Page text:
Licensed; In Compliance Phase.
Operational: December 30, 2013
The California Energy Commission approved this project's Application For Certification on September 22, 2010. The Commission monitors the power plant's construction, operation and eventual decommissioning through a compliance proceeding.
- 8/31/2007 - Application for Certification (AFC) filed
- 10/31/2007 - Commission accepts AFC as "data adequate."
- 12/9/2008 - Commission staff releases Preliminary Staff Analysis.
- 11/4/2009 - Commission staff releases Final Staff Analysis.
- 8/3/2010 - Committee releases Presiding Member's Proposed Decision.
- 9/22/2010 - Commission approves Application for Certification.
- 12/30/2013 - Power plant on line and producing power.
General Description of Project
The Ivanpah Solar Electric Generating System (ISEGS) is located in the Mojave Desert, near the Nevada border, in San Bernardino County. The project was certified by the Energy Commission on September 22, 2010, and began commercial operation in December 2013.
ISEGS is a 386 megawatt (MW) project consisting of three individually certified solar concentrating thermal power plants, based on distributed power tower and heliostat mirror technology, in which heliostat (mirror) fields focus solar energy on power tower receivers near the center of each heliostat array. ISEGS Power Plant 1 is a nominal 120 MW plant located on approximately 914 acres and consists of 53,500 heliostats; Power Plant 2 is a nominal 133 MW plant located on approximately 1,097 acres and consists of 60,000 heliostats; and Power Plant 3 is a nominal 133 MW plant located on approximately 1,227 acres and contains 60,000 heliostats. Each site has a single receiver and heliostat array.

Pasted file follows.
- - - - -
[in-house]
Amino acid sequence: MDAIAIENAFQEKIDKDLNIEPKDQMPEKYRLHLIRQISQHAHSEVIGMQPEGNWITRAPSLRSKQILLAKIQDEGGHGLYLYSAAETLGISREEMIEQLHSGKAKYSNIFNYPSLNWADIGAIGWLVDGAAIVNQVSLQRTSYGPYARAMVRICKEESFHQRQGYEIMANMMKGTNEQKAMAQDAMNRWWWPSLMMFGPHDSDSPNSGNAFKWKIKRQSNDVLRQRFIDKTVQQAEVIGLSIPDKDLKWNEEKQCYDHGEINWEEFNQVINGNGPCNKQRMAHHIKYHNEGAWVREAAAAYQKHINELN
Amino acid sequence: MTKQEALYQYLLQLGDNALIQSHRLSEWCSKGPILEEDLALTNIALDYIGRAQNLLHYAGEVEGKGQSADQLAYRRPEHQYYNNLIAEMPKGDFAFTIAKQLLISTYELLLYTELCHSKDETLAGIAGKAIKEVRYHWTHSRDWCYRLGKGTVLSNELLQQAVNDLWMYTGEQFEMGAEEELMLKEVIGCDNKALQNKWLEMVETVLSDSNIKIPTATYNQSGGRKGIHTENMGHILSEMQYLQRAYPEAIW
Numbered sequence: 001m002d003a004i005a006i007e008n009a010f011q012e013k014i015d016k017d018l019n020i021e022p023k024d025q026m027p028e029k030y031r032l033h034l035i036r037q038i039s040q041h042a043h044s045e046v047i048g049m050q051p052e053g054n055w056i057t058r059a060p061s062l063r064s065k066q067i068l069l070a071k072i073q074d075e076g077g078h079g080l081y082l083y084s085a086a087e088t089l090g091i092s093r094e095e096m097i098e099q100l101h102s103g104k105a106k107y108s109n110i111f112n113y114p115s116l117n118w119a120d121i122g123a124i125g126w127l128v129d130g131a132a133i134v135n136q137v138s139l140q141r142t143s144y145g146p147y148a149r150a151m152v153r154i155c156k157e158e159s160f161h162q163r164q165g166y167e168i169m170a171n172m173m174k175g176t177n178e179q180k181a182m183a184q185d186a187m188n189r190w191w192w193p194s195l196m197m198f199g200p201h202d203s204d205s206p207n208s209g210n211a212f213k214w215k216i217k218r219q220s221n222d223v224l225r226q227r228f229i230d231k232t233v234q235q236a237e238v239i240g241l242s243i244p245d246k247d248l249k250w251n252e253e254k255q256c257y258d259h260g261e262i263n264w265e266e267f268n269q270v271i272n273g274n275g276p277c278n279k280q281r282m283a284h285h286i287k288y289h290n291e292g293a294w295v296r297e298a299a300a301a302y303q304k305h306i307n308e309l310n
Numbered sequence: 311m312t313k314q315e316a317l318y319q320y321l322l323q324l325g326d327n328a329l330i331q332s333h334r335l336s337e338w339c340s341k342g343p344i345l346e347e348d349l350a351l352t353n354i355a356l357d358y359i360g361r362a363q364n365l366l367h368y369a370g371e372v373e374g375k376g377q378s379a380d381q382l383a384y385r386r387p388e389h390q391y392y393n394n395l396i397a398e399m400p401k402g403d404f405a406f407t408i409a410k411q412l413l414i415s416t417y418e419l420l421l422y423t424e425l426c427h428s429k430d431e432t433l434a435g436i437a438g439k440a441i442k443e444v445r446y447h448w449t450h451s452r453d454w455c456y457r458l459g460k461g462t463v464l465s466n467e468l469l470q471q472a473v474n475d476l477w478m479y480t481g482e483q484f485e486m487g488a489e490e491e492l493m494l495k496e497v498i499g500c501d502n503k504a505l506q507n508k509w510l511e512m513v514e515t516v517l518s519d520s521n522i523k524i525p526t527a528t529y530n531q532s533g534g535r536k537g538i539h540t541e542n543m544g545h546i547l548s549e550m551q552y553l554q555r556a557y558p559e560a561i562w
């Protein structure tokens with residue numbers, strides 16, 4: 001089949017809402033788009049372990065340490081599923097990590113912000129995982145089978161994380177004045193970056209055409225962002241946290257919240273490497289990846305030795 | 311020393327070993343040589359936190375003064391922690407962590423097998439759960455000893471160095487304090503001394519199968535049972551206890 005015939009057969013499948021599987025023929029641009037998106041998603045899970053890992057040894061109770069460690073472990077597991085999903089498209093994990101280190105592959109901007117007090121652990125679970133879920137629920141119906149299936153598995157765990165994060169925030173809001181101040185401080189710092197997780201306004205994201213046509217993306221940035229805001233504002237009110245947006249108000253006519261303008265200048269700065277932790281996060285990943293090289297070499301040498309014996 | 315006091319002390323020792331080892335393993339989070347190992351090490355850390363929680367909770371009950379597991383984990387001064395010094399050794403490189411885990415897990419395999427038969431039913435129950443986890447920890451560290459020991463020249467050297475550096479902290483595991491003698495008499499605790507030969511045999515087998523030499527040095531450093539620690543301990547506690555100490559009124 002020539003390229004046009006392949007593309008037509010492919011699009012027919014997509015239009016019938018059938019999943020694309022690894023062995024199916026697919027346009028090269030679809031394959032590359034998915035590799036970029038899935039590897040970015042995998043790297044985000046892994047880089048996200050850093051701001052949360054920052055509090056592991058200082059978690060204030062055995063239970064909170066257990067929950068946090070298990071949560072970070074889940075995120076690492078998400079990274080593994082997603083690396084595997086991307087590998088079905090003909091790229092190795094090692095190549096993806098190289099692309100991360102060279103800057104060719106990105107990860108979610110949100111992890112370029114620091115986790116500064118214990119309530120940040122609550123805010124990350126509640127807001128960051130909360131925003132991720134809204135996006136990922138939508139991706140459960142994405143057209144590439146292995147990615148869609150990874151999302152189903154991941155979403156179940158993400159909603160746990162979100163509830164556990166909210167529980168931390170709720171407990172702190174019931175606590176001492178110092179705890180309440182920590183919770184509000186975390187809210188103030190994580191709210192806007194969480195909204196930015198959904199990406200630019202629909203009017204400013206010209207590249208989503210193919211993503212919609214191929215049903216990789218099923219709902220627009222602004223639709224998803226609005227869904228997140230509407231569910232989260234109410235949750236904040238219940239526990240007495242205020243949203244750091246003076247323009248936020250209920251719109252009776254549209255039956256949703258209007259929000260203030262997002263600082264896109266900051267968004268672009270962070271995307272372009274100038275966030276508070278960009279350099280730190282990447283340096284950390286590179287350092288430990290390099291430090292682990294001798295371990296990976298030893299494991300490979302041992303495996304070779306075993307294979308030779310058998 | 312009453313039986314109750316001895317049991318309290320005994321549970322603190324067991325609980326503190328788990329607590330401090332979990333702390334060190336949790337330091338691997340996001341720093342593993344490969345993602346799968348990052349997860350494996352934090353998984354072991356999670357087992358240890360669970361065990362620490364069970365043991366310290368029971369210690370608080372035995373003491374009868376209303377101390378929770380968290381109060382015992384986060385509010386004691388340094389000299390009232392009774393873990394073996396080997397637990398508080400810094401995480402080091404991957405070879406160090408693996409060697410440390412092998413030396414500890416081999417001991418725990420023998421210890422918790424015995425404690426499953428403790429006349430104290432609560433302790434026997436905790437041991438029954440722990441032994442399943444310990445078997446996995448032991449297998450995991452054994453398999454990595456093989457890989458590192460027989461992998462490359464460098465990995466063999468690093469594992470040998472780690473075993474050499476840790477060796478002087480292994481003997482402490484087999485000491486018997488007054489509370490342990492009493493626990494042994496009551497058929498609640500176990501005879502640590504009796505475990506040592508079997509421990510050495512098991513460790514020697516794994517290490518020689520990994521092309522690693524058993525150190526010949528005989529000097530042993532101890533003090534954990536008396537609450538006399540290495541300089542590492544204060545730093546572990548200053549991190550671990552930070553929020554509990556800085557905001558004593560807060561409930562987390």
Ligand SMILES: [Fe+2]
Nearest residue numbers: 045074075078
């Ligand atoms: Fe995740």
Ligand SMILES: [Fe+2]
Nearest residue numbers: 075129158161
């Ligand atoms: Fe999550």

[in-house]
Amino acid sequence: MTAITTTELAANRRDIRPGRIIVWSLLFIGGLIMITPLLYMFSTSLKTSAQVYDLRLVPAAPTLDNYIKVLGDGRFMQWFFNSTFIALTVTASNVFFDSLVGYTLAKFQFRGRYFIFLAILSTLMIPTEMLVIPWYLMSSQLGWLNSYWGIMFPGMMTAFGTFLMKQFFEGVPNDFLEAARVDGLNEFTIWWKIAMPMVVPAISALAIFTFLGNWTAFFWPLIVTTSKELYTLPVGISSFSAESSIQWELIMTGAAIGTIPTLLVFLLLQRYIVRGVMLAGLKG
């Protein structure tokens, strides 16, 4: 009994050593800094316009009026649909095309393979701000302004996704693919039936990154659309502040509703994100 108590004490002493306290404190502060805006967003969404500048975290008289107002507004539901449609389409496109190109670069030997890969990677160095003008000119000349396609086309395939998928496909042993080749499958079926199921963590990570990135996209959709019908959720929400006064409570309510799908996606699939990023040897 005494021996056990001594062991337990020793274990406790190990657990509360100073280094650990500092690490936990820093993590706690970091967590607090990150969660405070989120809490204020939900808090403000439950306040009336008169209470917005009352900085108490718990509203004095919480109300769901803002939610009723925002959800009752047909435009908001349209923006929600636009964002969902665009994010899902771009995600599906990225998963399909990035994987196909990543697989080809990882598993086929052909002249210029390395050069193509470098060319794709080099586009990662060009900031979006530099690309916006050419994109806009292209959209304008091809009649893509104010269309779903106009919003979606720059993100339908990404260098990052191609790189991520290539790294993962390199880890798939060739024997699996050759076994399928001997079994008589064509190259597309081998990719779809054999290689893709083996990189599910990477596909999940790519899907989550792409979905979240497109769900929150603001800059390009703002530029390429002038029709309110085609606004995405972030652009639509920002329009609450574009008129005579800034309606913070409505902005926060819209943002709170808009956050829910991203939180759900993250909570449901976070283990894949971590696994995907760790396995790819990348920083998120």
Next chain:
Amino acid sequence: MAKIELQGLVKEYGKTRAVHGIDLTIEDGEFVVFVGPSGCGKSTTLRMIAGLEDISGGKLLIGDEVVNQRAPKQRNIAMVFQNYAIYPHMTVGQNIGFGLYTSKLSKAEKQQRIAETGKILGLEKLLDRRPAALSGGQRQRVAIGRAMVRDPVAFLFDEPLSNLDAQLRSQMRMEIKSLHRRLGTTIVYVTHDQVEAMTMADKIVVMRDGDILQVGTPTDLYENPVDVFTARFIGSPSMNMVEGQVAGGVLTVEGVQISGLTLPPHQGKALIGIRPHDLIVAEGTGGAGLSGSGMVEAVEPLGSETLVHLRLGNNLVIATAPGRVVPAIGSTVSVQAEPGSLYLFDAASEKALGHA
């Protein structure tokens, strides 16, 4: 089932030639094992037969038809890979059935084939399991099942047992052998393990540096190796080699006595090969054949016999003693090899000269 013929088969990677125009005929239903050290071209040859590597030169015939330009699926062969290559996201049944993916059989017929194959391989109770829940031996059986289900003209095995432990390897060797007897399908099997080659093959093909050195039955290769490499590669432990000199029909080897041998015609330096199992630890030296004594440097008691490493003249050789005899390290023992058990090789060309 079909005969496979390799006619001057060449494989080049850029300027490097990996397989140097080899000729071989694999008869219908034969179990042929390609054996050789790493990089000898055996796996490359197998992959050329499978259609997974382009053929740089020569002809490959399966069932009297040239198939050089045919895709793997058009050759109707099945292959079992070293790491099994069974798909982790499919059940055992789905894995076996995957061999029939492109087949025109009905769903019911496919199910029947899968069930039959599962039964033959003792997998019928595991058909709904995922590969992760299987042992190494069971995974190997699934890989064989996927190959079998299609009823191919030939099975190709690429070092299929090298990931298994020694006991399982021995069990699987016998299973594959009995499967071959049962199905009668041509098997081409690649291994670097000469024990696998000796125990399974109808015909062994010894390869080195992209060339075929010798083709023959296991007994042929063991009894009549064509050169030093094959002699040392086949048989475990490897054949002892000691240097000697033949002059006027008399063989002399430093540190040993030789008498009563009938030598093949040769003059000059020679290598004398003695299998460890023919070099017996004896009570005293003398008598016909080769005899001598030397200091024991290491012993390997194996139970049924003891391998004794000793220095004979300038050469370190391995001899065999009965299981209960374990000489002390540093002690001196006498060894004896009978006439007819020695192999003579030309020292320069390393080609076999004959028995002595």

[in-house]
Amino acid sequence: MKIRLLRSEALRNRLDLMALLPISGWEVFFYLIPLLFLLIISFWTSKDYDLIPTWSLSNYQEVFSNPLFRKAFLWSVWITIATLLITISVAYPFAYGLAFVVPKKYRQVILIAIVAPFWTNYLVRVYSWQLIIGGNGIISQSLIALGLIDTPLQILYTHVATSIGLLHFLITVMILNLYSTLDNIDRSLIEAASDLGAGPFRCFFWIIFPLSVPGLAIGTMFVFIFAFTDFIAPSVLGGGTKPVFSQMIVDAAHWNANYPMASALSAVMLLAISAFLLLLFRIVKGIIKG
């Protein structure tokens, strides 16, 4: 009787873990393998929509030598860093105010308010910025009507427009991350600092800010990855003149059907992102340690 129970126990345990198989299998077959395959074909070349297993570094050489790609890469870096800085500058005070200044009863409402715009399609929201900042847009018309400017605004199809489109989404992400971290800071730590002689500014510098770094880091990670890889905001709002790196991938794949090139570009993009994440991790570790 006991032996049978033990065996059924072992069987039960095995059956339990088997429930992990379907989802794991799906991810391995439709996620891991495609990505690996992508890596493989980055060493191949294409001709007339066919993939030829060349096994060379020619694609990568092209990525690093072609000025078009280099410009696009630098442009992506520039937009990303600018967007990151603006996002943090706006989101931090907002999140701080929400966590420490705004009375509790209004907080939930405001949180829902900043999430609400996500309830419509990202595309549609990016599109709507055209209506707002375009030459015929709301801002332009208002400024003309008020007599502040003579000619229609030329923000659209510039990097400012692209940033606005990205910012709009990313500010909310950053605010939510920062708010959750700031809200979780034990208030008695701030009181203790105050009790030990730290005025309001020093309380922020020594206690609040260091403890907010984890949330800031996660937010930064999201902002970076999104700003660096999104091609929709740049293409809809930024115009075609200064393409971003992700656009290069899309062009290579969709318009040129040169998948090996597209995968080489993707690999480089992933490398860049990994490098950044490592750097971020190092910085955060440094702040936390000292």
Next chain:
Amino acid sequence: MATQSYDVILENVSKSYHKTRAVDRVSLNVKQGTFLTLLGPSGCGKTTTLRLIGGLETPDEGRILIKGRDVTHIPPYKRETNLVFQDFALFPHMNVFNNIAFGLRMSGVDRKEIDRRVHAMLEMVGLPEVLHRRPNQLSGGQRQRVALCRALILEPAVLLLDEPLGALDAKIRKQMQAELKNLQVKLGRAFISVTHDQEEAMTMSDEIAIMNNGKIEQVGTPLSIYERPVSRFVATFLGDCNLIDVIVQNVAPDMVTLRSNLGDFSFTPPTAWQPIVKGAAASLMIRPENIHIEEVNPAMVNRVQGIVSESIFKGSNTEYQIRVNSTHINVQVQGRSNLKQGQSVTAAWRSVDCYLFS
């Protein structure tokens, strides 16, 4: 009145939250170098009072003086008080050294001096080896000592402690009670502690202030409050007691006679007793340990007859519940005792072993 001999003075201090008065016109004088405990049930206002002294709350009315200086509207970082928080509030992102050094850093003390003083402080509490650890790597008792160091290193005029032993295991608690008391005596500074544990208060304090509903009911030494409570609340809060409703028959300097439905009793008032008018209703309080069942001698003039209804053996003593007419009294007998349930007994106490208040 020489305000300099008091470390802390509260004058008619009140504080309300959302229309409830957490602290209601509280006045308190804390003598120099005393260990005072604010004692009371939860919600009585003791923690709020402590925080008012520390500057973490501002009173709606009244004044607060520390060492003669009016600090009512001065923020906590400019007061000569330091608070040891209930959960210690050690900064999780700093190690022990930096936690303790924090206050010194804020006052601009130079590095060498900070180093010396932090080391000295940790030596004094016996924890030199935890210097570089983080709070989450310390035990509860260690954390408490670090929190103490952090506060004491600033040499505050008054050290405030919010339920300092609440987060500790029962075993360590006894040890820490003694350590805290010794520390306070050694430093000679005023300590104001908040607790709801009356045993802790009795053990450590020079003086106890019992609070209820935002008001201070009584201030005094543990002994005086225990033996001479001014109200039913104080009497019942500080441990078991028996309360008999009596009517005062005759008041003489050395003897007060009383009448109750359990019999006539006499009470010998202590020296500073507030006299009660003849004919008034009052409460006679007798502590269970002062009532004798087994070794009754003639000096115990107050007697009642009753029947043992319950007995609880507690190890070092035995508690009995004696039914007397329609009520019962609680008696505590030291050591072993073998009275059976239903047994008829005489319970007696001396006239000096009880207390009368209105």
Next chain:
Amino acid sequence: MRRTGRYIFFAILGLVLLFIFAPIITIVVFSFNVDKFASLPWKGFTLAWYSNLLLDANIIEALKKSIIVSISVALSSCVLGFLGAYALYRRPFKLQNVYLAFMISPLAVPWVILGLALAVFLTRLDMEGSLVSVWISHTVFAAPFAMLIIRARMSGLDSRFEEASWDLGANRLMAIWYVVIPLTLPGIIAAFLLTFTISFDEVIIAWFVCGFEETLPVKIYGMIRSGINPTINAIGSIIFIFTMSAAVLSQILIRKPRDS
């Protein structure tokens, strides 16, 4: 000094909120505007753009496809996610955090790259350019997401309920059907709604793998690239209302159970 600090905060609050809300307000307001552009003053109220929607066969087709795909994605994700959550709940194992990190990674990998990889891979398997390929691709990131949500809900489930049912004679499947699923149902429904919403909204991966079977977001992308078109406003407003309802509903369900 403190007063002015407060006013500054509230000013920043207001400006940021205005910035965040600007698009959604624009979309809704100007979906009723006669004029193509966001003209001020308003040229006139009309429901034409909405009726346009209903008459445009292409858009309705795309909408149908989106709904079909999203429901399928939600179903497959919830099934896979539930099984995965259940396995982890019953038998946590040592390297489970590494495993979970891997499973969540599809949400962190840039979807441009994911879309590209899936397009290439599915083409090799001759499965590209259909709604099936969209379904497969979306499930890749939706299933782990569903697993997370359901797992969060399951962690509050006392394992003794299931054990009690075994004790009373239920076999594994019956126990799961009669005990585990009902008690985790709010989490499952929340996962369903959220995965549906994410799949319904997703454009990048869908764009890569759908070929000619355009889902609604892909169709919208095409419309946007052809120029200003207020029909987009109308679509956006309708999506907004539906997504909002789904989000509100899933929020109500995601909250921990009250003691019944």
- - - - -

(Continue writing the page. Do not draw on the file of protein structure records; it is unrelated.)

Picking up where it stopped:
In each solar plant, one Rankine-cycle reheat steam turbine receives live steam from the solar collector located in the power block at the top of a tower. Each plant also includes two natural gas-fired steam boilers: an auxiliary boiler and a nighttime preservation boiler. The auxiliary boiler is used for thermal input to the steam turbine during the morning start-up cycle to assist the plant in coming up to operating temperature. The auxiliary boiler is also operated during transient cloudy conditions, in order to maintain the steam turbine.
Each solar plant uses dry cooling to conserve water, and limited to a combined 100 acre-feet per year of water for plant operations.
Energy Commission Facility Certification Process
The California Energy Commission is the lead agency (for licensing thermal power plants 50 megawatts and larger) under the California Environmental Quality Act (CEQA) and has a certified regulatory program under CEQA. Under its certified program, the Energy Commission is exempt from having to prepare an environmental impact report. Its certified program, however, does require environmental analysis of the project, including an analysis of alternatives and mitigation measures to minimize any significant adverse effect the project may have on the environment.
For Questions about this Certification Proceeding Contact:
Compliance Project Manager
Siting, Transmission and Environmental Protection (STEP) Division
California Energy Commission
1516 Ninth Street, MS-2000
Sacramento, CA 95814
For Questions About Public Participation In Certification Proceedings Contact:
California Energy Commission
1516 Ninth Street, MS-12 Sacramento, CA 95814
Toll-Free in California: 1-800-822-6228
News Media Please Contact:
Media & Public Communications Office
Ivanpah List Serve
Automated Email Notifications